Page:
Friday's Cattle on Feed Report surprised most analysts with marketings higher than expected and placements lower. Ron Plain at the University of Missouri says part of the reason for the increase in marketings was an extra slaughter day during the month. But the bigger surprise was in the placements.
Analysts estimates pegged placements at 7.7% higher than last year, however, the number came in nearly 1% lower than the previous year's placements. The thought was that more cattle movement due to drought in the Southern Plains would translate into more cattle placed on feed. That, however, didn't happen as anticipated. Instead, analysts Steve Meyer and Len Steiner, who publish the CME's Daily Livestock Report, explain that the smaller cowherd, and subsequent smaller calf crops, are impacting feedyard inventories.
"The USDA September 1 on feed inventory was about a quarter of a million head smaller than pre-report estimates indicated. The number of light feeder cattle (under 600 pounds) placed on feed in August was up 220,000 head or 44% compared to a year ago. About two thirds of the increase in light feeder placements came from Texas. But the effects of a smaller calf crop are starting to show up. As producers have been placing cattle on feed earlier than normal, the August supply of heavy cattle available for placement was a lot tighter than a year ago. Across the board, we saw a significant decline in the number of heavier cattle placed on feed."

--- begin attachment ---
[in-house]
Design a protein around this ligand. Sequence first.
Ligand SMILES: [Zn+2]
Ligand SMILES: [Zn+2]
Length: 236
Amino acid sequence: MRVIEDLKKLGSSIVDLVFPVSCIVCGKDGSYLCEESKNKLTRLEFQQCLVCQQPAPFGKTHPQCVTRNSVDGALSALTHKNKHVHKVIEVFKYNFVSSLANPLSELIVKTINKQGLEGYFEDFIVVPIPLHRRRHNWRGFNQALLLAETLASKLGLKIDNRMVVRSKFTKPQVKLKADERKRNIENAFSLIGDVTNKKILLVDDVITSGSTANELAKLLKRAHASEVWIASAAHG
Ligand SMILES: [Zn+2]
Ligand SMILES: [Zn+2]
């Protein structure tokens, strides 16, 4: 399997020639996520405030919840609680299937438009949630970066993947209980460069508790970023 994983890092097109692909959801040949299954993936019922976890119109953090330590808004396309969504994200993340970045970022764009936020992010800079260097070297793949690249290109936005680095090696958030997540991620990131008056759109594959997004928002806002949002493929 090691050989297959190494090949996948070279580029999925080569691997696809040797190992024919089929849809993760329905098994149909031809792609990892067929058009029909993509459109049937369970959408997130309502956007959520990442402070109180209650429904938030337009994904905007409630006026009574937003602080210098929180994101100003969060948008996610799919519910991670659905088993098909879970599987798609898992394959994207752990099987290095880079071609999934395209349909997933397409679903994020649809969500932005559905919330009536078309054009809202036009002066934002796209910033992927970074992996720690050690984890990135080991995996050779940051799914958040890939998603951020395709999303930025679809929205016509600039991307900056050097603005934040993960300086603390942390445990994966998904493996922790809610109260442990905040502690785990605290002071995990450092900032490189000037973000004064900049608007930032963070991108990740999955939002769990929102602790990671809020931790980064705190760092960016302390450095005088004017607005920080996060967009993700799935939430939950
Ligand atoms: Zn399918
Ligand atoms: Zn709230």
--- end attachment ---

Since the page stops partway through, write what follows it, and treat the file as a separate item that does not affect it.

Pro Farmer's marketing analysts Julianne Johnston says lighter weight cattle will take longer to reach the slaughter weights, and it is unlikely that feeders will feed expensive corn any longer than necessary. So lighter slaughter weights could be coming down the road. Dressed cattle weights are already 8 pounds below the same time last year, and that will further tighten supplies of Choice beef.
All in all, this spells opportunity for beef producers. Listen to more from Johnston's Cattle Market Wrap Up on Friday.